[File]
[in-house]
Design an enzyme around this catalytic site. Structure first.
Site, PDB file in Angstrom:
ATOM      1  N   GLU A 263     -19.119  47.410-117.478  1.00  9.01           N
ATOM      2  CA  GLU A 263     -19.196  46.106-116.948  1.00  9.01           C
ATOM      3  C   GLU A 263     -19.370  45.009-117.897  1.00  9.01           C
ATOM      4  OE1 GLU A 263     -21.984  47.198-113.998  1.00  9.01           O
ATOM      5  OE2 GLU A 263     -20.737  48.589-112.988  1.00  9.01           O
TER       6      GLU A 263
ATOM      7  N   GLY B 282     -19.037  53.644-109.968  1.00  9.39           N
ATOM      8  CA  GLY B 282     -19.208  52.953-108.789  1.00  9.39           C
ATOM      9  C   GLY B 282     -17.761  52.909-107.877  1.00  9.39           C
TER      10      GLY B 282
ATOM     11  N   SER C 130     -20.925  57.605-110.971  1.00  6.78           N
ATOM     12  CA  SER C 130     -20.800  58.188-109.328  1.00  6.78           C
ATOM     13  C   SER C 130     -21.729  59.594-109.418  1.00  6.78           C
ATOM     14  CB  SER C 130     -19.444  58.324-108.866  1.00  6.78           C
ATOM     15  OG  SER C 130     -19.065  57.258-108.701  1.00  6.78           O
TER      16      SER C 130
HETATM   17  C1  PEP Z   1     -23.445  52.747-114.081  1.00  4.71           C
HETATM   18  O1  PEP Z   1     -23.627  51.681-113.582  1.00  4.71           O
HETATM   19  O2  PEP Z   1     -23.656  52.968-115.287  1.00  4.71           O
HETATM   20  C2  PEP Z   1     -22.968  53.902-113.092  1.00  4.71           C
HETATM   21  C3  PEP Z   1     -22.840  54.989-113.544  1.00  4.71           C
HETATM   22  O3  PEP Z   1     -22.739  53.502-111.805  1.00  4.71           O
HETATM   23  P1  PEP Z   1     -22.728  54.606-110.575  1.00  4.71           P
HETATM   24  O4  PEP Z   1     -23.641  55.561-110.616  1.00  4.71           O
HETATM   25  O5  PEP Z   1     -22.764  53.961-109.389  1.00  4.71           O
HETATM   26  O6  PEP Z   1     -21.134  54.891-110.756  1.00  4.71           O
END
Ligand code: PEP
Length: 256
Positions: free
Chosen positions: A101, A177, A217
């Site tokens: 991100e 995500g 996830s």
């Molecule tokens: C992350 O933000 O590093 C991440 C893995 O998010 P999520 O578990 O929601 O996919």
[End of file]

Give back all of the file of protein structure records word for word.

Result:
[in-house]
Design an enzyme around this catalytic site. Structure first.
Site, PDB file in Angstrom:
ATOM      1  N   GLU A 263     -19.119  47.410-117.478  1.00  9.01           N
ATOM      2  CA  GLU A 263     -19.196  46.106-116.948  1.00  9.01           C
ATOM      3  C   GLU A 263     -19.370  45.009-117.897  1.00  9.01           C
ATOM      4  OE1 GLU A 263     -21.984  47.198-113.998  1.00  9.01           O
ATOM      5  OE2 GLU A 263     -20.737  48.589-112.988  1.00  9.01           O
TER       6      GLU A 263
ATOM      7  N   GLY B 282     -19.037  53.644-109.968  1.00  9.39           N
ATOM      8  CA  GLY B 282     -19.208  52.953-108.789  1.00  9.39           C
ATOM      9  C   GLY B 282     -17.761  52.909-107.877  1.00  9.39           C
TER      10      GLY B 282
ATOM     11  N   SER C 130     -20.925  57.605-110.971  1.00  6.78           N
ATOM     12  CA  SER C 130     -20.800  58.188-109.328  1.00  6.78           C
ATOM     13  C   SER C 130     -21.729  59.594-109.418  1.00  6.78           C
ATOM     14  CB  SER C 130     -19.444  58.324-108.866  1.00  6.78           C
ATOM     15  OG  SER C 130     -19.065  57.258-108.701  1.00  6.78           O
TER      16      SER C 130
HETATM   17  C1  PEP Z   1     -23.445  52.747-114.081  1.00  4.71           C
HETATM   18  O1  PEP Z   1     -23.627  51.681-113.582  1.00  4.71           O
HETATM   19  O2  PEP Z   1     -23.656  52.968-115.287  1.00  4.71           O
HETATM   20  C2  PEP Z   1     -22.968  53.902-113.092  1.00  4.71           C
HETATM   21  C3  PEP Z   1     -22.840  54.989-113.544  1.00  4.71           C
HETATM   22  O3  PEP Z   1     -22.739  53.502-111.805  1.00  4.71           O
HETATM   23  P1  PEP Z   1     -22.728  54.606-110.575  1.00  4.71           P
HETATM   24  O4  PEP Z   1     -23.641  55.561-110.616  1.00  4.71           O
HETATM   25  O5  PEP Z   1     -22.764  53.961-109.389  1.00  4.71           O
HETATM   26  O6  PEP Z   1     -21.134  54.891-110.756  1.00  4.71           O
END
Ligand code: PEP
Length: 256
Positions: free
Chosen positions: A101, A177, A217
């Site tokens: 991100e 995500g 996830s």
């Molecule tokens: C992350 O933000 O590093 C991440 C893995 O998010 P999520 O578990 O929601 O996919």